01.13.20 – 01.19.20


Isaiah 49:1-7  •  Psalm 40:1-11  •  1 Corinthians 1:1-9  •  John 1:29-42


Isaiah 49:1-7

As we witnessed last week in Isaiah’s prophecies, Isaiah is addressing a people who have been completely traumatized and placed into their new reality.  While they had ignored God’s instruction through his prophets for decades, now they are experiencing the fruit of their choice to ignore truth.  They have not yet turned back to God, and they are still listening to the false prophets, regardless, God is getting them ready for deliverance.  Jeremiah and Isaiah both, at this point, are speaking of the hope that lies ahead….even before the people have turned back to God.  In this passage, Isaiah is speaking to the work, and nature, of the unknown person(s) who will deliver the people out of exile and slavery.  He is also giving us a view of what is to come in regard to the Israelites. The call is for all the Israelites to come back together and that they will be a light and strength to all the world.  This is a theme of the ultimate deliverer of whom the prophesy speaks – the deliverer Jesus Christ.  Truth, unity, and light.

Psalm 40:1-11 (Responsive Reading)

Psalm is a familiar tale of our response to God’s working in our life.  The Psalm recounts the Psalmist’ detailing of a time that they called out to God and saw his answer.  It then goes to season of gratitude followed by a natural response of sharing God’s deliverance.  This response of gratitude and sharing is a natural response that ties into the response of the first disciples called by Jesus.  They could not help but go and tell others about what (who) they had found – the one they had been looking for. Then, in an equally very real human nature response, the writer begins another plea calling out to, and for, God’s steadfast love and mercy.  It is a tale of the enormity of our human response to the God who is present and hears our cries.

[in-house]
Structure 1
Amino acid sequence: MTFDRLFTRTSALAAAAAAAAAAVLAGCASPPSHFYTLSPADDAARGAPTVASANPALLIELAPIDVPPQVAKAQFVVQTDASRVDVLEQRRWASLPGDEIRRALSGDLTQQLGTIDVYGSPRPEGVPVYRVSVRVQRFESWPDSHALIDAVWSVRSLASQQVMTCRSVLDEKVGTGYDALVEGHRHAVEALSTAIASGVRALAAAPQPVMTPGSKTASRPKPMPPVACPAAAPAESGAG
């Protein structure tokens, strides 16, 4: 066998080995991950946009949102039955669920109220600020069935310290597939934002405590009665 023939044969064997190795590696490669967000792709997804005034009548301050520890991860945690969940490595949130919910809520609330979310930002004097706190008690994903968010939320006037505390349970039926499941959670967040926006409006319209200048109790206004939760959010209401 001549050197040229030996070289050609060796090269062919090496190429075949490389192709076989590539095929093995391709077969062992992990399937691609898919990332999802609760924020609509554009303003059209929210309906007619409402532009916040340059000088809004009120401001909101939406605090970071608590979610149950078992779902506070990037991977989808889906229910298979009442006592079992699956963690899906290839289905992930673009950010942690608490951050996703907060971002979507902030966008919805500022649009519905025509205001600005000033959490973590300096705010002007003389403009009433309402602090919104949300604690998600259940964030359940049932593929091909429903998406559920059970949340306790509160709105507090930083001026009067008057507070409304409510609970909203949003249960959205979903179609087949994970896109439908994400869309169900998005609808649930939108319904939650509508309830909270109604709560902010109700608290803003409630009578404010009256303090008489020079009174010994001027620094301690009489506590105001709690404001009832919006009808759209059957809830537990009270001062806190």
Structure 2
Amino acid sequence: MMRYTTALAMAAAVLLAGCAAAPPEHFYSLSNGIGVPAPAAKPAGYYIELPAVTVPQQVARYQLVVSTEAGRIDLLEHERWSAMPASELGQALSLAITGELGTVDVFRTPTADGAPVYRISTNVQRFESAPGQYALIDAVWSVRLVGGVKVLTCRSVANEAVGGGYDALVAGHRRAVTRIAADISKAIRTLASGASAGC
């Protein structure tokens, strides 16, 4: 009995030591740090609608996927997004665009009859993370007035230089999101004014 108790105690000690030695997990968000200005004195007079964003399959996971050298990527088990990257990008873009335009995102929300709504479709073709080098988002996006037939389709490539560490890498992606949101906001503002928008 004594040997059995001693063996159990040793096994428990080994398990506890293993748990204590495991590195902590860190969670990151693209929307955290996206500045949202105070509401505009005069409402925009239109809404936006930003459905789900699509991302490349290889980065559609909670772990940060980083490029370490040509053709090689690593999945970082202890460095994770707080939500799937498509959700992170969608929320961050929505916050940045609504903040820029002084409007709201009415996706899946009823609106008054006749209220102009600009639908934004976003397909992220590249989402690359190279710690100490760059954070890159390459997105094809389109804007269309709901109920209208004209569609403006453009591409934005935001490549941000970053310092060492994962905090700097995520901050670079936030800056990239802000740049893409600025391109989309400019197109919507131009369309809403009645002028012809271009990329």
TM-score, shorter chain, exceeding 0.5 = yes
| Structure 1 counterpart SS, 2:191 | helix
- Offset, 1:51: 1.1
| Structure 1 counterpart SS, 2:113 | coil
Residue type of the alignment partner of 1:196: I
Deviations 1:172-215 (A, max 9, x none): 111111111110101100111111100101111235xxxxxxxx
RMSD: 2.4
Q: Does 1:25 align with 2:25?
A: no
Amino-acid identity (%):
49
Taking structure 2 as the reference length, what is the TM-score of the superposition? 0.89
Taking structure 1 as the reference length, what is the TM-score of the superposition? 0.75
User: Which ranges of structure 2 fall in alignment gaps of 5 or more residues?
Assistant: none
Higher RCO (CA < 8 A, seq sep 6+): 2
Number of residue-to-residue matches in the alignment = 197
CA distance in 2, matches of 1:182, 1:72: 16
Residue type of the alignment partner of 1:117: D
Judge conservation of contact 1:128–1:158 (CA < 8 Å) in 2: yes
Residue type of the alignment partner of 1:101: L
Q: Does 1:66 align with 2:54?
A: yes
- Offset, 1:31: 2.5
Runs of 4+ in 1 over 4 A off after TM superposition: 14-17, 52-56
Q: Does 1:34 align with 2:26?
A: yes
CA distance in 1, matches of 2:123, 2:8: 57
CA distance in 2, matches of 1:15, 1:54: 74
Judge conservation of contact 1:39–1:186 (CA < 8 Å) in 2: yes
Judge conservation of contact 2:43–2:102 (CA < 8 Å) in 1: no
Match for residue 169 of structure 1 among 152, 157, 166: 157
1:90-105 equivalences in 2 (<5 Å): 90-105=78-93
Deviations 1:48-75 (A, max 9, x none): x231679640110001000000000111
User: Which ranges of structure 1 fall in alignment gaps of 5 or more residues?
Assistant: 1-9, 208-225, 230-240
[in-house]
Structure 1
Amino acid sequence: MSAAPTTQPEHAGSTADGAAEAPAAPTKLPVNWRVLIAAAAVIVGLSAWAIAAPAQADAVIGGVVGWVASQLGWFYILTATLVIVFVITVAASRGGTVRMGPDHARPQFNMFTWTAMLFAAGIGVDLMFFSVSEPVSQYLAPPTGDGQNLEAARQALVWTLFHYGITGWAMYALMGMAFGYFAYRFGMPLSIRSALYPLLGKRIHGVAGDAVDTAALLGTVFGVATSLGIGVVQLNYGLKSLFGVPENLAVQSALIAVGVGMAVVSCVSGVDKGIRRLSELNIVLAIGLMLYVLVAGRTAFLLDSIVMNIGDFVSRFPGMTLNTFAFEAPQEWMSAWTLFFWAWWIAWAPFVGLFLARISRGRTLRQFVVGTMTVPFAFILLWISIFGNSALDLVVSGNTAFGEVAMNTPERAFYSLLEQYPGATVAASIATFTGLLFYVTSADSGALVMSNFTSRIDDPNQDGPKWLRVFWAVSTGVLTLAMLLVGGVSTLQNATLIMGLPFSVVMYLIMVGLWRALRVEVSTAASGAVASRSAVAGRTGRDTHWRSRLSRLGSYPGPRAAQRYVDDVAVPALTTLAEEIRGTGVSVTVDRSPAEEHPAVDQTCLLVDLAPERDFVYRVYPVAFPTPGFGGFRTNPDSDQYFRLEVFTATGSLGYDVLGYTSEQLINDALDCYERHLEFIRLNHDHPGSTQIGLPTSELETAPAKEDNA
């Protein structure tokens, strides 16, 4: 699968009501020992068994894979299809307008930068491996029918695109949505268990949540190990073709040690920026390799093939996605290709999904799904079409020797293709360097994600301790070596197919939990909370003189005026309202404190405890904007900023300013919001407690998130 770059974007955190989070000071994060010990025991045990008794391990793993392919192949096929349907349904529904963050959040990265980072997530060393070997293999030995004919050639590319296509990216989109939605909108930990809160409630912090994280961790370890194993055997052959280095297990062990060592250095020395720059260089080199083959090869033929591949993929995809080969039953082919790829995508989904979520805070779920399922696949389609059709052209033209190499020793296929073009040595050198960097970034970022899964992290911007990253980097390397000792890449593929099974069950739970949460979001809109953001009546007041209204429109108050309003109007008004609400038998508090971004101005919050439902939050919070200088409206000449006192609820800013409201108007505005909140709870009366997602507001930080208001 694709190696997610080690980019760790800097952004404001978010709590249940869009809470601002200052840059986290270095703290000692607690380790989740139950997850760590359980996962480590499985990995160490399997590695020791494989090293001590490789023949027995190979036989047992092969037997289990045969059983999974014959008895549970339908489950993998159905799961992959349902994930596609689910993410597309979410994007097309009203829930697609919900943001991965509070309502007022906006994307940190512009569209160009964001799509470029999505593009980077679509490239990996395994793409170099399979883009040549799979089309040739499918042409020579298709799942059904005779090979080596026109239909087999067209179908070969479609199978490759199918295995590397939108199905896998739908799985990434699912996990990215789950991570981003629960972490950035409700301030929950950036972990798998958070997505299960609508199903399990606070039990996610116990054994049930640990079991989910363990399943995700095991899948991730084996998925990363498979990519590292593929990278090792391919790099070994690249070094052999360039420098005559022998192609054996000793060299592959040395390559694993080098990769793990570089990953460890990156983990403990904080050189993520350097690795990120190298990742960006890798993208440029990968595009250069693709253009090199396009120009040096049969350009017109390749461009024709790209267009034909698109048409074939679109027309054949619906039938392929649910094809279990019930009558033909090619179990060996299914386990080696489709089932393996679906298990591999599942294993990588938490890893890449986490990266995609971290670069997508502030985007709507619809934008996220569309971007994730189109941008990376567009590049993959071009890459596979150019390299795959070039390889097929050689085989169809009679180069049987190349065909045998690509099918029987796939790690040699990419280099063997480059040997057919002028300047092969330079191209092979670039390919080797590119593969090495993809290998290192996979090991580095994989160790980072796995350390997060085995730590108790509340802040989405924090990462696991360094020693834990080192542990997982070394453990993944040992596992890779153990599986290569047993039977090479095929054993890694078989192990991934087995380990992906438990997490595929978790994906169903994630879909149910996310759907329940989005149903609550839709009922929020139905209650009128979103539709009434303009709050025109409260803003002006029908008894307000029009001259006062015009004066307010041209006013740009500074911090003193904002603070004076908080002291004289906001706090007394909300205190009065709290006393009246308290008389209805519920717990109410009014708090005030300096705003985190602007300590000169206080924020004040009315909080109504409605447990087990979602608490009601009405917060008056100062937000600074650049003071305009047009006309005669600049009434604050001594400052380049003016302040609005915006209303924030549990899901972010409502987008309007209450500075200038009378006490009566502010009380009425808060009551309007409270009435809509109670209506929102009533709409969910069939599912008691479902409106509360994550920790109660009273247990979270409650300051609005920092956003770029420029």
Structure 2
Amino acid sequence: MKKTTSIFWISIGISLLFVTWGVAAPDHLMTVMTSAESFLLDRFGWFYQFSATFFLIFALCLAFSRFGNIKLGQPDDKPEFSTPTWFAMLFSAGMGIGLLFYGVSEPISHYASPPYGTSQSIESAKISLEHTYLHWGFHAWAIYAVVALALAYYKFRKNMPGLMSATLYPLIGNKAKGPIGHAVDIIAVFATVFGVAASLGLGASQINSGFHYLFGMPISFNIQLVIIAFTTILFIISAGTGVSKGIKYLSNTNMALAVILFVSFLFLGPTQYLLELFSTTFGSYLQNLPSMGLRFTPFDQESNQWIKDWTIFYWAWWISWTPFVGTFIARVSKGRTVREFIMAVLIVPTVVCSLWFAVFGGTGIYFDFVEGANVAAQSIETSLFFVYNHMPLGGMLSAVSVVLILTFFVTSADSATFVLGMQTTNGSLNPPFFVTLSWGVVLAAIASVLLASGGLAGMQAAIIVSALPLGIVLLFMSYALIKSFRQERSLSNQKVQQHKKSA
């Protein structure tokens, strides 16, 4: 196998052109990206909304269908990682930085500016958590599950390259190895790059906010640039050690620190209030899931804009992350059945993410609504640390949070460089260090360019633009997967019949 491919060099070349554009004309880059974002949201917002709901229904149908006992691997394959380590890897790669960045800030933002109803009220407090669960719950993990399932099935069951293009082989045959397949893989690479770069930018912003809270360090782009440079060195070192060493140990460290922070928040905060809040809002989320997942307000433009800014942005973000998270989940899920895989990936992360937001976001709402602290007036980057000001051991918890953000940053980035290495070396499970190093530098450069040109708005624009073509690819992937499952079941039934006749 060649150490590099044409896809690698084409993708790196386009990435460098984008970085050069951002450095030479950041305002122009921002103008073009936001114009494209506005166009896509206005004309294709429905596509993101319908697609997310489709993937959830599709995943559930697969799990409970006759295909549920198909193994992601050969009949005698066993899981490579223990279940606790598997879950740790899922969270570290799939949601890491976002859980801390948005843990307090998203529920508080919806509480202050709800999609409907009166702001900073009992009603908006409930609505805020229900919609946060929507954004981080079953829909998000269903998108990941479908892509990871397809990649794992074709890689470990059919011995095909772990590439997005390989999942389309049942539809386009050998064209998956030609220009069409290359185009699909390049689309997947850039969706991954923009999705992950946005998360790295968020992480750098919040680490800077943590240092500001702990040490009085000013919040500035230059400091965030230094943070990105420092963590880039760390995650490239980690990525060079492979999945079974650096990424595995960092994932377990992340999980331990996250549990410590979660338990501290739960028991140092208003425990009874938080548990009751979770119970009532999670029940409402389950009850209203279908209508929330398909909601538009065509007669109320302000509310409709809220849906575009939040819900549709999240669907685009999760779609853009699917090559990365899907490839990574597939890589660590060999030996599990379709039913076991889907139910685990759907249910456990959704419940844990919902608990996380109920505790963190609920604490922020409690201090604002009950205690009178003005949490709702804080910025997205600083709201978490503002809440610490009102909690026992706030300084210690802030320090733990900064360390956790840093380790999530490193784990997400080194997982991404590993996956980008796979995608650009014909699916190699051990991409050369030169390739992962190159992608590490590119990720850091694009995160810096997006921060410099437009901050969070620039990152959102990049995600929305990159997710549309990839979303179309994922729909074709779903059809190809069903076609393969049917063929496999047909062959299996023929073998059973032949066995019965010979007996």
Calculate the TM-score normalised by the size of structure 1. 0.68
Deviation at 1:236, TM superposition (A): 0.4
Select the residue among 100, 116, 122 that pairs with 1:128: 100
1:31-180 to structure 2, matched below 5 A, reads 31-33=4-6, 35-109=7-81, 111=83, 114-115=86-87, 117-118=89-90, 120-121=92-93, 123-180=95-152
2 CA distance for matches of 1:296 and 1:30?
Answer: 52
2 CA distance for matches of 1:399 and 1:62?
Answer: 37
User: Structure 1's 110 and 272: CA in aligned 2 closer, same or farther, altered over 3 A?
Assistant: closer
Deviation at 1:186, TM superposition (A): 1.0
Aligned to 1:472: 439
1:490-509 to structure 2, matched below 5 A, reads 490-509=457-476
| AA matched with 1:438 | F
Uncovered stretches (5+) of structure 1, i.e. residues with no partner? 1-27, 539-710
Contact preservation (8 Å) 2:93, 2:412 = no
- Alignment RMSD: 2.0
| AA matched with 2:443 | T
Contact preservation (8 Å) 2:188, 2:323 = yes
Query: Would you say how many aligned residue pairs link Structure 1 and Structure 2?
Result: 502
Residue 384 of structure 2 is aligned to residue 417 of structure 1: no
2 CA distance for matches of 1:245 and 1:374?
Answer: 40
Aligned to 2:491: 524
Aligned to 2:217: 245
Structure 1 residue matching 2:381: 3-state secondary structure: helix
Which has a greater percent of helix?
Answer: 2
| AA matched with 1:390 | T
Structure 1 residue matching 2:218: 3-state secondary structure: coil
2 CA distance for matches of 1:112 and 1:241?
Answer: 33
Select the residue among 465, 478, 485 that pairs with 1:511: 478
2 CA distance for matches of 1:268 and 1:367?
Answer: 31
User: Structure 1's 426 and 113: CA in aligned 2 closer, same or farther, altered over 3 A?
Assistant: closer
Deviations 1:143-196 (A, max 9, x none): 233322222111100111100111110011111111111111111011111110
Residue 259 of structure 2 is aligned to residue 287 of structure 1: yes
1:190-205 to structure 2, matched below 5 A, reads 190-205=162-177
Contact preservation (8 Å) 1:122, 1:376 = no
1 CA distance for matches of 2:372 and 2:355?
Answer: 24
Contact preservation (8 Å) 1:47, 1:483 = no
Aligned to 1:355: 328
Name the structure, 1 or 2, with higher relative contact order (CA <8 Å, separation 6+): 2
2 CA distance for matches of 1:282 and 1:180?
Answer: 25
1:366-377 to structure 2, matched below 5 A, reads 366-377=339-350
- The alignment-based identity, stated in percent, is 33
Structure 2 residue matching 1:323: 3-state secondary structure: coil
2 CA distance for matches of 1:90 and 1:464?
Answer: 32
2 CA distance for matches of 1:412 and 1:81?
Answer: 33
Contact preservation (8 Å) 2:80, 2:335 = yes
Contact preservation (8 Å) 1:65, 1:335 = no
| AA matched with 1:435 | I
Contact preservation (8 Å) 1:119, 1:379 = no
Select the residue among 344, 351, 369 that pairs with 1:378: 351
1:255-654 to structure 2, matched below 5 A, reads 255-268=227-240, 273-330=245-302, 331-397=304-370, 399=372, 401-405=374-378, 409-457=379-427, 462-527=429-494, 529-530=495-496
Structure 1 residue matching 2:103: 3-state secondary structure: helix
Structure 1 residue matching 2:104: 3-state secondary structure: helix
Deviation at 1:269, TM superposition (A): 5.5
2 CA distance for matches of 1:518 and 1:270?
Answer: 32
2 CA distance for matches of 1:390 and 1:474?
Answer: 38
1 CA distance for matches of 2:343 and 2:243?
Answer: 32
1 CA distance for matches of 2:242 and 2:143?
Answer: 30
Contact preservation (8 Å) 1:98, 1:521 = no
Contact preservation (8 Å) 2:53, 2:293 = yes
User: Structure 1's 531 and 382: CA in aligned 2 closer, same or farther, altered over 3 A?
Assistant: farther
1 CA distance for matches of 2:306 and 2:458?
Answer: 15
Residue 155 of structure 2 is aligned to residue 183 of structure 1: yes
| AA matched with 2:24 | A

I Corinthians 1:1-9

The church at Corinth was established by the apostle Paul around fifty years after the birth of Christ. We have two, of the probable four letters, in our Bible that Paul wrote to the Corinthians following his eighteen month stay.  Corinth was a very important city to the Romans for economic as well as military reasons. The greek word ‘Korinthiazomai’ which means ‘to act like a Corinthian’, came to be known as ‘to practice fornication’ a reputation that fit the city well with its greek temple housing one thousand prostitutes.  The church is made up of Jews and Gentiles fully representative of the overall population of the city. Not long after Paul left the city he began hearing troubling news from, and about, the church (the people) at Corinth.  He heard of divisions, immorality, and false theology.  The letters to Corinth all come out of a deep concern for the church and a desire to correct, and then encourage, the body of believers.

John 1:29-42

The verses leading up to our gospel focus passage are powerful and enormous in their reach and message.  The book begins at creation and by verse nineteen we see John the baptizer already preparing the people for the ministry, work, and revelation of Jesus Christ.  We also see that it takes only those eighteen prior verses to bring up the problems Jesus will face.  The religious officials send some of their key people to question John about what he is doing and why he gathering the large crowds.  John point the religious leaders to his role as preparer for the Messiah and that it is Jesus, who had already been baptized by John, that is the truth they are looking for.  Soon we see John pointing his own disciples to follow Jesus.  This passage details the decision to follow Jesus and the immediate impact on each of them.

Published by rickanthony1993

Husband of Andrea, Father of five, pastor of Grace Fellowship Norman OK.

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